Facing the Moors at Santarém, Afonso Henríques invoked God's blessing and vowed he would erect an impressive monastery if God granted him victory. God yielded to his prayers and Alfonso kept his promise. Today the fascinating UNESCO-protected complex is one of the most important national legacies and a prime tourist attraction. Representing the arrival of Gothic in Portugal, it is not only vast, lofty and heavily ornamental, but also brimming with ribald accounts of medieval monastic decadence and gloomy stories of royal star-crossed lovers, including that of Dom Pedro and Dona Ines lying in face-to-face tombs so that they can look at each other first thing on Judgment Day.

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  13. 13

    Madeira

    Location: Portugal

    Madeira

    Photo by Ville Koistinen

    You definitely are in a hot spot here for not only is Madeira sitting atop a submarine volcano but also enjoys all-year-round popularity among holidaymakers and travelers. The archipelago equals untouched nature, tranquility, breathtaking mountain views and a wrap of abundant greenery that shall calm your senses and charge your worn-out psyche. The islands will treat you to exquisite Madeira wine, delicious food and the largest fireworks show if you happen to visit around New Year's Eve. Matched with thriving local folklore, upmarket accommodation and a vast range of leisure activities, Madeira Archipelago is a winning destination.

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  14. 14

    Walled Town of Obidos

    Location: Óbidos, Portugal

    Walled Town of Obidos

    Photo by Paulo Juntas

    It is not hard to explain the hordes of day-trippers swarming the walled interior of Obidos. Just imagine a town of dreamy whitewashed houses with a zesty splash of blue and yellow on the walls, winding stone-paved streets draped with blossom and ...aha! there YOU go, trying to find your own cozy nook somewhere in Obidos to taste the local cherry liquor known as ginjinha. And once you are there, climb the hill to explore the massive castle which now houses one of the Pousadas de Portugal that is a hotel blending rustic and genuinely Portuguese flavor into a luxurious service. If you are lucky, you might get a check- in into even more of the town's charm.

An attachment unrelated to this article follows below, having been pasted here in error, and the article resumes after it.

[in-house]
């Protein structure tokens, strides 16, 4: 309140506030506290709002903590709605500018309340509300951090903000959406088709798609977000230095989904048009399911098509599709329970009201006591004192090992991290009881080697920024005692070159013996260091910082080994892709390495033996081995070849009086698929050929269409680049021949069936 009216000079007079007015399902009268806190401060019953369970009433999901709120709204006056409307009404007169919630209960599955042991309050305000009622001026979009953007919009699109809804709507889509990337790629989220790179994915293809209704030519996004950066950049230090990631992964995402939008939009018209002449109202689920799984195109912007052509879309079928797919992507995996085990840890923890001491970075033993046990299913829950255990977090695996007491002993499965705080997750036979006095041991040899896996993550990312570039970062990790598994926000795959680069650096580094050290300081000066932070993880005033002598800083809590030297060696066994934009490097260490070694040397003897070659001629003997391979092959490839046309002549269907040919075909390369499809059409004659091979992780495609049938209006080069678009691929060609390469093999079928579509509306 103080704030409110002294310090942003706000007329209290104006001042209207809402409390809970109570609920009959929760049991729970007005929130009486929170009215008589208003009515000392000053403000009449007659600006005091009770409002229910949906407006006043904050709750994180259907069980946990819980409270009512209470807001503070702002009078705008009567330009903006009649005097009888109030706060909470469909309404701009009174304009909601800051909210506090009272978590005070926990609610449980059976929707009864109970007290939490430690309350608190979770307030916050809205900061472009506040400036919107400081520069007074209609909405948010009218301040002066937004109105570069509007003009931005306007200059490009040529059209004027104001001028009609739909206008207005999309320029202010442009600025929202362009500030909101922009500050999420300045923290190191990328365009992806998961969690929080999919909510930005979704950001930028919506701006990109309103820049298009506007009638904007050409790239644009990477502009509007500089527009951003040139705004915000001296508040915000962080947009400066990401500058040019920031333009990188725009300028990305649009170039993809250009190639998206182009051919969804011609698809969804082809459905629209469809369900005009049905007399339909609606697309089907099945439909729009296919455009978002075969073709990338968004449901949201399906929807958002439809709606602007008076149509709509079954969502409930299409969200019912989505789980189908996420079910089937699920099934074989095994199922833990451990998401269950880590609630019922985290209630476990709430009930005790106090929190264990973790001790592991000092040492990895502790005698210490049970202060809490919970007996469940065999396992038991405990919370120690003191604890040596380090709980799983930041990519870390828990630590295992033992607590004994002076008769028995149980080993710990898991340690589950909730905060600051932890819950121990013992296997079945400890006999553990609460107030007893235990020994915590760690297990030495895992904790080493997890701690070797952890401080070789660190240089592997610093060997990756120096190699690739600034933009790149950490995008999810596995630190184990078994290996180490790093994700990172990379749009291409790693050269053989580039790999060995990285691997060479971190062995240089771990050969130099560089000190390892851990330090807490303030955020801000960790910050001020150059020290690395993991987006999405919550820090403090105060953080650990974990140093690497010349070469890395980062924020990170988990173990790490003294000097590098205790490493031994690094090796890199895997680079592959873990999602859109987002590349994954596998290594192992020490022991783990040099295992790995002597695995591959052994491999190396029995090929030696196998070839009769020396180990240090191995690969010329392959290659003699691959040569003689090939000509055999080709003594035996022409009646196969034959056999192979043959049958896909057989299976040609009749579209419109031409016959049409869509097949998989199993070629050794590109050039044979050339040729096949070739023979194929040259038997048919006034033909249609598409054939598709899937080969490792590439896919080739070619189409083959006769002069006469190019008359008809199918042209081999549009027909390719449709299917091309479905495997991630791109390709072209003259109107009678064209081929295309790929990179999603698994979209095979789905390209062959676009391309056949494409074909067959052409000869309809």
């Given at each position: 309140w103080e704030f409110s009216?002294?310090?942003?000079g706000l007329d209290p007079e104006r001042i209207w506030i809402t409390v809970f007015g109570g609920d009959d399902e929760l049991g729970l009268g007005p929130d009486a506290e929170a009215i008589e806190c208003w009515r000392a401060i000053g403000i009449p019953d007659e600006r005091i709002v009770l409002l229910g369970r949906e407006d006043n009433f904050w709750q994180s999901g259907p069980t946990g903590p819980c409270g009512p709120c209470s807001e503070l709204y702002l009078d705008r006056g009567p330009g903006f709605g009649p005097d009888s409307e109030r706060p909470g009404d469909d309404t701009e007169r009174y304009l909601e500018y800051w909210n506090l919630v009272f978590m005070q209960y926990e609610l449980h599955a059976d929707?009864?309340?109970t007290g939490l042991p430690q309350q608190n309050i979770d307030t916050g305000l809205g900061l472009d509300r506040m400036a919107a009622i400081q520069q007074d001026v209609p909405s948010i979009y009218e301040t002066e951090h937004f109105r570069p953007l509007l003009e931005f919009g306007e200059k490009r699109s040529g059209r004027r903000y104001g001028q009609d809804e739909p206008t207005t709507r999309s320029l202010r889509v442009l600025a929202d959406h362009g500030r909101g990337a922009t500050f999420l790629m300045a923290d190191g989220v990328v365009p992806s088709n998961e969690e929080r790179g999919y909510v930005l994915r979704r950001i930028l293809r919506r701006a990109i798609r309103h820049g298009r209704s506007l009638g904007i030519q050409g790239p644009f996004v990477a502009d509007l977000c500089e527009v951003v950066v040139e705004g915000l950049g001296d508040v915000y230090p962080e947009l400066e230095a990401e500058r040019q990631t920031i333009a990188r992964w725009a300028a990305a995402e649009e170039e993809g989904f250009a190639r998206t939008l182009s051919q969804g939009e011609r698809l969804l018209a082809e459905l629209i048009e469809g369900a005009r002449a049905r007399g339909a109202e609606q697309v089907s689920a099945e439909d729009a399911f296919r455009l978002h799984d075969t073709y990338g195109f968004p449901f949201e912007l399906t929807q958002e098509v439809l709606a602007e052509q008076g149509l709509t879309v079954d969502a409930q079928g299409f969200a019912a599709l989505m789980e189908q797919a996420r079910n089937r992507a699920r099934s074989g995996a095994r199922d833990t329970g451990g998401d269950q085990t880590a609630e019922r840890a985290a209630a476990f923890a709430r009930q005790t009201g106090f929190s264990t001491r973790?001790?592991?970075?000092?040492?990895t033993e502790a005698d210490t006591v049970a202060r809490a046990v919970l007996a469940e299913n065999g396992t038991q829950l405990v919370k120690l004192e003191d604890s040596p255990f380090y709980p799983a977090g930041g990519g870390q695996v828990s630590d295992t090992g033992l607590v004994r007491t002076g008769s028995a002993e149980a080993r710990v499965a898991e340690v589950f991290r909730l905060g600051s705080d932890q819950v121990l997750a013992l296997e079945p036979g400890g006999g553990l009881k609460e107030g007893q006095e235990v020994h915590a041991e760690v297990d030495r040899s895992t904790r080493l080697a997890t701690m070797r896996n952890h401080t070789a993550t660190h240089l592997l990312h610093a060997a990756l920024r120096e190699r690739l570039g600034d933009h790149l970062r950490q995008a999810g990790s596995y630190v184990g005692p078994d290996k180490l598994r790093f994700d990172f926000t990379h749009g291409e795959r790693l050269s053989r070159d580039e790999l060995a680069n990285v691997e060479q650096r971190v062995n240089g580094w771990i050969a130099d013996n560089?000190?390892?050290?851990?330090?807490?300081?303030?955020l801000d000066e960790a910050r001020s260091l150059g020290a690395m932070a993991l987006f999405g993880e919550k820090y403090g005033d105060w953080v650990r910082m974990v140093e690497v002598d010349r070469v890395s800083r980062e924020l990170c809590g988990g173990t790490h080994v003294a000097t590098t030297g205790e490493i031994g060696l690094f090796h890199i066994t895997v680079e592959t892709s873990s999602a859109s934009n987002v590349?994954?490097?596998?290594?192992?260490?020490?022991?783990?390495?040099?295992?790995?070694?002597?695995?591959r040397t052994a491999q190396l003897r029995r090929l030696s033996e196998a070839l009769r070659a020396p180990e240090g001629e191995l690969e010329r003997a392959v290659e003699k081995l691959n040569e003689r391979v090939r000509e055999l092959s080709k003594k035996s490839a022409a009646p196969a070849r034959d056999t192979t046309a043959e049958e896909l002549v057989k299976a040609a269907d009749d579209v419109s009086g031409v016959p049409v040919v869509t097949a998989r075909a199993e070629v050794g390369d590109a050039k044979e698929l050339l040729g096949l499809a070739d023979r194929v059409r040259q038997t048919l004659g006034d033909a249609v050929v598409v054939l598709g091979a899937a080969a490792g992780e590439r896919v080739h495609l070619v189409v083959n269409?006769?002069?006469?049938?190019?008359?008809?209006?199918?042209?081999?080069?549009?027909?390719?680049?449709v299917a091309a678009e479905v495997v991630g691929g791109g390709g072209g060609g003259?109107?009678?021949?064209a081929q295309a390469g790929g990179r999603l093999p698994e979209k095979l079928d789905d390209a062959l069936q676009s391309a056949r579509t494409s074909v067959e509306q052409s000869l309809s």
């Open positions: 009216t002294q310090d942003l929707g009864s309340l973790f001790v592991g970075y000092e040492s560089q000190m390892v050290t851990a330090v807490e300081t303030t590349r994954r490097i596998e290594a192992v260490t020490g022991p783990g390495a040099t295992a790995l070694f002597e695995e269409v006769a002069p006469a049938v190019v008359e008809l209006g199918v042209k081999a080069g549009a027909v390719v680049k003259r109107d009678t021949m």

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  15. 15

    Ria Formosa

    Location: Portugal

    Ria Formosa

    Photo by fotografar

    As far as the eye can see, the Ria Farmosa will bewilder you with golden dunes, sand banks, canals and marshes running along the distant line of the horizon. The extensive lagoon area that covers 60km of coastline between Manta Rota and Vale do Lobo delights with shimmering freshwater lakes and an astonishing assortment of fauna and flora. The amazing labyrinth of small sand isles, mud flats and canals is not only a home to a diversity of life forms but also, with its mild climate and sunny days all year round, a paradise for holidaymakers craving for some laidback beach treatment.

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  16. 16

    Convent of the Order of Christ (Convento da Ordem de Cristo)

    Location: Tomar, Portugal

    Convent of the Order of Christ (Convento da Ordem de Cristo)

    Photo by Alvesgaspar

    The Holy Grail, the Knights of Templar, power and mystery? If you are into all of these, explore the Covent of the Order of Christ in Tomar. Originally a Templar stronghold erected in the 12th century, Tomar is one of Portugal's most valued historical and artistic monuments on the World Heritage list. The massive, fortress-like complex includes a castle, numerous towers, cloisters and a church blending beautifully Romanesque, Gothic, Manueline and Renaissance architectural styles into a stunning body. Do visit to take part in a feast of Gothic sculptures and paintings, abundant Manueline motifs and impressive vaultings, everything spiced up with the Templar enigma.